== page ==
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Or maybe they meant they were going to 'violate' you and it was a Freudian slip!
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Old 04-02-2015, 02:26 PM   #9
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And of course, any time that you have way less money than you would otherwise have had... well you are going to save on taxes! It's a no brainer!
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Old 04-02-2015, 02:29 PM   #10
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Now that I'm retired I really want to go to one of those things and ask impertinent questions, but so far I haven't gotten up the nerve.
It's a waste of time and the food isn't worth the hassle. Most of these guys are pretty slick with their presentation and gloss right over anything you think is impertinent. If you start agitating, I suspect someone will lead you to the door.
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Old 04-02-2015, 03:05 PM   #11
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Hey Zantastic, can you pm me with the name of the insurance company selling this junk ? I want some, not the financial product , but to invest in the company selling it. Must be raking in the $$$

Great plan! No sense keeping this to ourselves. 😉

The insurance company is Old Mutual and it trades on the London Stock Exchange.

The info I redacted on the attachment related to the "advisor" and his company. Redacted to protect the... Oh, what the heck... The company is in Southern California - Pension Plan Solutions. Be sure to tell them that Zantastic sent you. 😊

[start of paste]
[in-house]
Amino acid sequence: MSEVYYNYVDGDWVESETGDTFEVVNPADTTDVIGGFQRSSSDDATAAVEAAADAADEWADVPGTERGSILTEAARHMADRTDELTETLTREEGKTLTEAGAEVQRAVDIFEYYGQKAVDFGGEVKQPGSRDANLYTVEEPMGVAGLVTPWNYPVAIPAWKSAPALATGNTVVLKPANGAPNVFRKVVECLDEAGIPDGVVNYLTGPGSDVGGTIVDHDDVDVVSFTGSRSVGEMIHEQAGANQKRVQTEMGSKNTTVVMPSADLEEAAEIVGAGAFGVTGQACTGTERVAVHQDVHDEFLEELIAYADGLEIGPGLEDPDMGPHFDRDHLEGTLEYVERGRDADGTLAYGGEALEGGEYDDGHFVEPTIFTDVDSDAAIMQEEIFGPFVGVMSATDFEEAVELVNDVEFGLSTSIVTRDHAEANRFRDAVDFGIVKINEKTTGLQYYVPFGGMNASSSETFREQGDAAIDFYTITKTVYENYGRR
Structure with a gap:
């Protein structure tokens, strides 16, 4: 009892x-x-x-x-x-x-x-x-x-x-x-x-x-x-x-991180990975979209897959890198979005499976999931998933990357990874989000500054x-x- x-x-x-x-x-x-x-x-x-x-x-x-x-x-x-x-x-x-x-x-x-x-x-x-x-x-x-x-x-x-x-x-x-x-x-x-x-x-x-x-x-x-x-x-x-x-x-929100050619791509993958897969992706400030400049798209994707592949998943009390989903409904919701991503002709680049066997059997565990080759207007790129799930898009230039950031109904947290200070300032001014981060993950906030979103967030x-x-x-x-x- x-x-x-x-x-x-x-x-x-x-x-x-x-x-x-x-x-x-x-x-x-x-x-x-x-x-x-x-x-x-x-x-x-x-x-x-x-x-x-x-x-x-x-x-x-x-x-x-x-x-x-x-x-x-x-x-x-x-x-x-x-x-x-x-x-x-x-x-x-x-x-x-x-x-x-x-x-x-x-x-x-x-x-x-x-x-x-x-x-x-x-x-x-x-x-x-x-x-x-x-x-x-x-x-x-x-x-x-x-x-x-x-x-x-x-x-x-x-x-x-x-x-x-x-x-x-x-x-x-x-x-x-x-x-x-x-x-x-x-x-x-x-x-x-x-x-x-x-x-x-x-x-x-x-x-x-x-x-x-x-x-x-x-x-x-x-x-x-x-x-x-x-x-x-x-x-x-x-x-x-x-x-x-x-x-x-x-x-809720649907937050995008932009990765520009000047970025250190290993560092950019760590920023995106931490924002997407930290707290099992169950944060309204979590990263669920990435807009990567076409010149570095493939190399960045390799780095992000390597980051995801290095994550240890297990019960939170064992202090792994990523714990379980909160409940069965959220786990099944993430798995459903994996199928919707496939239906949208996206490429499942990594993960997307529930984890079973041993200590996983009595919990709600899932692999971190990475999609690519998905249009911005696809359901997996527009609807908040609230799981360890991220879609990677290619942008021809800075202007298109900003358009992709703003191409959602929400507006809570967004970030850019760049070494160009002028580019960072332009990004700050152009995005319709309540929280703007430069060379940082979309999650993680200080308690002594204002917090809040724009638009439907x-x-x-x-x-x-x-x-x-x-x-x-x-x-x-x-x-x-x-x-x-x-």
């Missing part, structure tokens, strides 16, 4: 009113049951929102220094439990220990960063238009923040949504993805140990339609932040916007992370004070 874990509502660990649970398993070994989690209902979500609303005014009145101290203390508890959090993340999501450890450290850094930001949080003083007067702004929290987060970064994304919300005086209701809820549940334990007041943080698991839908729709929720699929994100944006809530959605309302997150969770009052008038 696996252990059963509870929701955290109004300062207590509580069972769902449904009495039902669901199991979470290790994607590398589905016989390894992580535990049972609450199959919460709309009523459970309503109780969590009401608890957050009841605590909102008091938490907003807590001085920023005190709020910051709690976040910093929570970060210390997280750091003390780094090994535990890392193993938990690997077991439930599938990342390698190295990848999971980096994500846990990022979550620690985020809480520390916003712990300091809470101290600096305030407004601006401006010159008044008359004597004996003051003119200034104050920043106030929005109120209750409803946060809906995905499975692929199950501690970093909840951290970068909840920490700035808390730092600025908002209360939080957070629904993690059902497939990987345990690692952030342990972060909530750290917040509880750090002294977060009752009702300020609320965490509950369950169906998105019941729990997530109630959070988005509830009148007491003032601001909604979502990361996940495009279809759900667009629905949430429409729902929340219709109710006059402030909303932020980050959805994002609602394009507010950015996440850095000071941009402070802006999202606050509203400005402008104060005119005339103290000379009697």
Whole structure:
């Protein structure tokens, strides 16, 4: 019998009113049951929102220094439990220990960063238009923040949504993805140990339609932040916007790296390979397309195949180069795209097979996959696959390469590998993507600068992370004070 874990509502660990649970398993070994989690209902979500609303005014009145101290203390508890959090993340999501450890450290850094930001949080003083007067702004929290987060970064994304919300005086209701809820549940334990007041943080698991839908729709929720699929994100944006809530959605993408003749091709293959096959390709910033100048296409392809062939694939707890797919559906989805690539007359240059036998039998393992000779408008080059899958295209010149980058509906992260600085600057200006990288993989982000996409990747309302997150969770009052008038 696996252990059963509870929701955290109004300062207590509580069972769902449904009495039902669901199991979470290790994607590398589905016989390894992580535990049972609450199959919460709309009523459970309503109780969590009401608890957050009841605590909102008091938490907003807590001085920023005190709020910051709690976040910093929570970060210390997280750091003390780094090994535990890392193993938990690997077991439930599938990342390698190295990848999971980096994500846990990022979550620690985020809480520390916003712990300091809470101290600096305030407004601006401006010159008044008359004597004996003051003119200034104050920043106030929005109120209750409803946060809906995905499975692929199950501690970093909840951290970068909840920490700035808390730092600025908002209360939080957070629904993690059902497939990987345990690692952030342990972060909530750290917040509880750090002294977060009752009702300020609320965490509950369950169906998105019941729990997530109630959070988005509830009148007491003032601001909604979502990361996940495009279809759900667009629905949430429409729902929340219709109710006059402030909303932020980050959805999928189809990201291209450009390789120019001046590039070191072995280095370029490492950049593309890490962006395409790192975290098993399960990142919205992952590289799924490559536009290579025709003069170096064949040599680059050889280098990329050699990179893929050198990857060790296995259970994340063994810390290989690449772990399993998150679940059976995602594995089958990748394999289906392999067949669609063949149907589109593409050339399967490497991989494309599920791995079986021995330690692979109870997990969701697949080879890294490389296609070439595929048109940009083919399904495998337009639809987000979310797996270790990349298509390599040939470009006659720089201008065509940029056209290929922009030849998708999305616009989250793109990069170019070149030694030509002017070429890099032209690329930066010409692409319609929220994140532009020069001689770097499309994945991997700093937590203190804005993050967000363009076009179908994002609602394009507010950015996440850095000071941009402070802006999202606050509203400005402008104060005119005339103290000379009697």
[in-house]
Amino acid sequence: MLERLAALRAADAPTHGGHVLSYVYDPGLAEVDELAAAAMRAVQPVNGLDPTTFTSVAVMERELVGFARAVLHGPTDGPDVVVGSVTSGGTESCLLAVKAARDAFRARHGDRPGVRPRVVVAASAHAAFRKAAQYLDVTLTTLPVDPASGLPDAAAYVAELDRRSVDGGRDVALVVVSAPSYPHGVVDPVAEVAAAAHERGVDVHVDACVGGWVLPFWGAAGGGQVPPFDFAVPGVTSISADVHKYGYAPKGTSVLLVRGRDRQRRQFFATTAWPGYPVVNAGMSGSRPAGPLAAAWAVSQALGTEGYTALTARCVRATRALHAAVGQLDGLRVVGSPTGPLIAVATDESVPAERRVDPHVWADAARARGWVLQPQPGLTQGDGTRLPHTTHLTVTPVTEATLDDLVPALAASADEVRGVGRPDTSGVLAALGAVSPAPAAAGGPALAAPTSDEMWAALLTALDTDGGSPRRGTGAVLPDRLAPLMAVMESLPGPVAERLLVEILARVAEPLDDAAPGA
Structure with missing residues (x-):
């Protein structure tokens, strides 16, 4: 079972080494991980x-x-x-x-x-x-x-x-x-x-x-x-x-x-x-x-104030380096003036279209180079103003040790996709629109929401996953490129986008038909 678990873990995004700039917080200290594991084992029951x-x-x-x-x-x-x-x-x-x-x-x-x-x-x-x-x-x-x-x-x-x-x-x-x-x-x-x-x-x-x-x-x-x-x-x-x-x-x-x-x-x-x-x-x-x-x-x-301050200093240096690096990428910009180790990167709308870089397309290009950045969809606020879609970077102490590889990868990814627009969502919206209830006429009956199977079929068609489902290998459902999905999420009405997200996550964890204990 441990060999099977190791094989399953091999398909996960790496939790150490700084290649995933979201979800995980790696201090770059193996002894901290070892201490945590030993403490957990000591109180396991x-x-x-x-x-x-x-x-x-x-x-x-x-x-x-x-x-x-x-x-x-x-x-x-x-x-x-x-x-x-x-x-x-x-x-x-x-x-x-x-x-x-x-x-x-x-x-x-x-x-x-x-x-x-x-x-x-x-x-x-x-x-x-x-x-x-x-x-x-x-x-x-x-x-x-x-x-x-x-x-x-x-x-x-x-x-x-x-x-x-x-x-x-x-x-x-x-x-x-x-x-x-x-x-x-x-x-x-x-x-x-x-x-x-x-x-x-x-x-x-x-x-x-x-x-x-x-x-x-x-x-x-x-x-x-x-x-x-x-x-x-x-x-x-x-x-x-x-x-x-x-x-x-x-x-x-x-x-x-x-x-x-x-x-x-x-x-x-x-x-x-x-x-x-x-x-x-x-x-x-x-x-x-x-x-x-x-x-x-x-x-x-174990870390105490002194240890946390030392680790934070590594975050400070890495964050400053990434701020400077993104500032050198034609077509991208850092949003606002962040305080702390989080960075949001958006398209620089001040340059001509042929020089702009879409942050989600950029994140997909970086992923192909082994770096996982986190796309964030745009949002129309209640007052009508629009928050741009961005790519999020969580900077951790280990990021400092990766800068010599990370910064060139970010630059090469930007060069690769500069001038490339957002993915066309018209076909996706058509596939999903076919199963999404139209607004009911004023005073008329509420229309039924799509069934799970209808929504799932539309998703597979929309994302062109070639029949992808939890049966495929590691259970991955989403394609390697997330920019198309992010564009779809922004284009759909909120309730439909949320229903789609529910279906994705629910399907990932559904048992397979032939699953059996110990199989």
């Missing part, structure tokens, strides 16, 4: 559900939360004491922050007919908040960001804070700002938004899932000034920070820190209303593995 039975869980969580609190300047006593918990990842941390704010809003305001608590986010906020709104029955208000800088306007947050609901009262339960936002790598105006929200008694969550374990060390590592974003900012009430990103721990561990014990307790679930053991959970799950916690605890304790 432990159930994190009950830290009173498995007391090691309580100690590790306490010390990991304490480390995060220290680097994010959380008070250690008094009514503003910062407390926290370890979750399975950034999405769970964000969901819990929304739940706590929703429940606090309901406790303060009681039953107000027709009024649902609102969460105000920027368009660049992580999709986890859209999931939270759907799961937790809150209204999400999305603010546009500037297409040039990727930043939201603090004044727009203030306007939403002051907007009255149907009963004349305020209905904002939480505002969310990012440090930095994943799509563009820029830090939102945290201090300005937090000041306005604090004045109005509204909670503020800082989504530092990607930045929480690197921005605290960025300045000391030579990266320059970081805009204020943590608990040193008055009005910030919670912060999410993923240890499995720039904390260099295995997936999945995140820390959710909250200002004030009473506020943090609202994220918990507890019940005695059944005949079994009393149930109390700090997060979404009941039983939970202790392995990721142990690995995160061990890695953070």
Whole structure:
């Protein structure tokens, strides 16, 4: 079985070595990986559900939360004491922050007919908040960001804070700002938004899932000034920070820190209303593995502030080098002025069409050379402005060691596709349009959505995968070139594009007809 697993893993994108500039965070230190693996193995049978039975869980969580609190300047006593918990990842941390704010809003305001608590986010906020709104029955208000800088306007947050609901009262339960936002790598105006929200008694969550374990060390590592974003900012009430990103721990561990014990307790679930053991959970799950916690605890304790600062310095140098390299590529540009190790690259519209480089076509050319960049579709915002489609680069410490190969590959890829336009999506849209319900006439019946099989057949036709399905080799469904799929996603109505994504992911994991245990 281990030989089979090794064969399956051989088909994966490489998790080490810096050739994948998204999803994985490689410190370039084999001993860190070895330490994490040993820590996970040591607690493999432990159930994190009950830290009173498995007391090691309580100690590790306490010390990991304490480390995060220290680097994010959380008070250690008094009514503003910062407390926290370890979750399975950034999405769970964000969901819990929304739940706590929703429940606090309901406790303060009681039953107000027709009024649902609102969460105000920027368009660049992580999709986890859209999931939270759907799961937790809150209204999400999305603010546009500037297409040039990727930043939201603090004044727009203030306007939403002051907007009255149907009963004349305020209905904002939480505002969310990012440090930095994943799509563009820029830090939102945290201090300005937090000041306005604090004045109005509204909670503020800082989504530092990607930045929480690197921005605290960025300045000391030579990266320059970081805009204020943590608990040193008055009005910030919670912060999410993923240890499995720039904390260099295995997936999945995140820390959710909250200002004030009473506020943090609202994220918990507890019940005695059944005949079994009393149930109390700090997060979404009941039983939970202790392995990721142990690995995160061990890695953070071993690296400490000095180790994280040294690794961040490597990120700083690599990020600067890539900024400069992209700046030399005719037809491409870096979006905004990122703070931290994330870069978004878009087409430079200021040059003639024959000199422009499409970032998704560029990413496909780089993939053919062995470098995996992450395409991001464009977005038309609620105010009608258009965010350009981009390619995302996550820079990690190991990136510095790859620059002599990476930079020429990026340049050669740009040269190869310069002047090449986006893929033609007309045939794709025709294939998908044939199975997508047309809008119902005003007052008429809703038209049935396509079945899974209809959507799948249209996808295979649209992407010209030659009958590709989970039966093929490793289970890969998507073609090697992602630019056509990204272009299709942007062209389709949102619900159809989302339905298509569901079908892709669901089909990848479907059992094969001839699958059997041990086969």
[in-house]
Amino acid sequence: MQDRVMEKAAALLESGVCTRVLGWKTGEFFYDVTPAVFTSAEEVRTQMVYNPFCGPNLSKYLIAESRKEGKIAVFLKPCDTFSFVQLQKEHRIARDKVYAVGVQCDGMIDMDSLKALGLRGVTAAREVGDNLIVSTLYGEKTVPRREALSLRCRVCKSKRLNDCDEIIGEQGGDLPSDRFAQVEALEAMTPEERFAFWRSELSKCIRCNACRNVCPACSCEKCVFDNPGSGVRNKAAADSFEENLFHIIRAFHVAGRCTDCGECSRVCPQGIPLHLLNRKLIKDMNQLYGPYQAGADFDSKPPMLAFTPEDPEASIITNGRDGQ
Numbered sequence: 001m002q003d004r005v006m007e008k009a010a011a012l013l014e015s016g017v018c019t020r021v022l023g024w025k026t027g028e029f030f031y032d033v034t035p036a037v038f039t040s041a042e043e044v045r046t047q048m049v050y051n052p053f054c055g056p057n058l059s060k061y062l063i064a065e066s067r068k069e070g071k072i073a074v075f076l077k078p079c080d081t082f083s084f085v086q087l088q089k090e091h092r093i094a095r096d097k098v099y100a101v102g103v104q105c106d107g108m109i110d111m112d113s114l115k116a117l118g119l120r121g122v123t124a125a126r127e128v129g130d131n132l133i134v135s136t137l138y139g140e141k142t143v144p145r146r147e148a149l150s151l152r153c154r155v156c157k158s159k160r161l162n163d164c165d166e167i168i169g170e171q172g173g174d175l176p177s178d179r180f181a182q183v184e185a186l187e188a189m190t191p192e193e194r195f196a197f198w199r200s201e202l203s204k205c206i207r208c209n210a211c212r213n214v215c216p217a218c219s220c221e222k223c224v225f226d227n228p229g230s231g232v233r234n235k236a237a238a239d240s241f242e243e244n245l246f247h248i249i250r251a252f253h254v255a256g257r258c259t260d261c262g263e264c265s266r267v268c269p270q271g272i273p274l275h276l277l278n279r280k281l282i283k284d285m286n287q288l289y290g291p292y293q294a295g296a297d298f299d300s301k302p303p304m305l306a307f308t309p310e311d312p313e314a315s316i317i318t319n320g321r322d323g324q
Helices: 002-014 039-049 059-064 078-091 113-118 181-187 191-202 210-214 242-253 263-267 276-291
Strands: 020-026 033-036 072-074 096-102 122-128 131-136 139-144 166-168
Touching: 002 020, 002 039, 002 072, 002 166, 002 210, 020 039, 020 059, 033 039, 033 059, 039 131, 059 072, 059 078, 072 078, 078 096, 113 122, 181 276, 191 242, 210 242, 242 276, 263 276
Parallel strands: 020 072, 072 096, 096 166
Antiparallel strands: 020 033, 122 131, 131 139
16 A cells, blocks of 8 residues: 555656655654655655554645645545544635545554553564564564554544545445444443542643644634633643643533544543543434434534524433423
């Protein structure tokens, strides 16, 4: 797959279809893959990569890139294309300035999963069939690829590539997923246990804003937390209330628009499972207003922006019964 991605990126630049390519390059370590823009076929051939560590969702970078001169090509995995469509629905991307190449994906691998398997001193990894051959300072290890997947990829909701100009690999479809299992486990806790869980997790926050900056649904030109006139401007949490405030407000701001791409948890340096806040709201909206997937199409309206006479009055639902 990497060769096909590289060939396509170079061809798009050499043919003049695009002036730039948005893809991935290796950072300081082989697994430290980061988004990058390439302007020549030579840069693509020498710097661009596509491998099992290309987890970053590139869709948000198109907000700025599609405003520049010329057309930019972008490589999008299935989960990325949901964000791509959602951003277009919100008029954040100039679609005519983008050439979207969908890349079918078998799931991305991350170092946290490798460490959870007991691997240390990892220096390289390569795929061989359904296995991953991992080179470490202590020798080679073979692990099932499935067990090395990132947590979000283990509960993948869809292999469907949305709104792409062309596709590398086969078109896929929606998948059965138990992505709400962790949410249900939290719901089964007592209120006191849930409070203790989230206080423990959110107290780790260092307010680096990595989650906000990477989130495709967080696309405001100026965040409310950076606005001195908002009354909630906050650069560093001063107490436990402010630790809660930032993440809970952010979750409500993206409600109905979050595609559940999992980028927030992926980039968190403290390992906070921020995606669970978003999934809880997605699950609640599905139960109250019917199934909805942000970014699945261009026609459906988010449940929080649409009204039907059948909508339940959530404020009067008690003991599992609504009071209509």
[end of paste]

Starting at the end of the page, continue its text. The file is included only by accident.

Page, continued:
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Old 04-02-2015, 05:11 PM   #12
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We just got anther "free gourmet dinner" mailing. This one says they'll tell us how to protect our income in a "violate" market. Yeah, "violate". I'd have a whole lot of confidence handing my money over to them.''


Now that I'm retired I really want to go to one of those things and ask impertinent questions, but so far I haven't gotten up the nerve.
Yeah, and the first question would be "What in hell is a violate market"? (Holding up the mailing)
And the second question would be "Do you really think I would be stupid enough to invest my hard earned money with someone who doesn't know how to spell volatile?"
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Old 04-02-2015, 07:59 PM   #13
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How about the grammar on the title of the OPs attachment, "...Utilizing Tax Free Insurance Taxation ...".

IRA page seems designed to play to people's hate of paying taxes, showing the $60k in taxes saved by contributing to an IRA costs you $360k in taxes when you withdraw it.

My favorite part is the assumed 7.4% rate forever. Wonder what orifice they pulled that out of. Gotta give their legal credit, making them show the guaranteed 0% rate lapses the contact at age 64.


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Old 04-02-2015, 09:13 PM   #14
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Just trying to understand those numbers reminded me of the timeshare presentations I have gone to. They intentionally make the numbers harder than they need to be to confuse you, like this seems to be set up to do.
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Old 04-03-2015, 11:41 AM   #15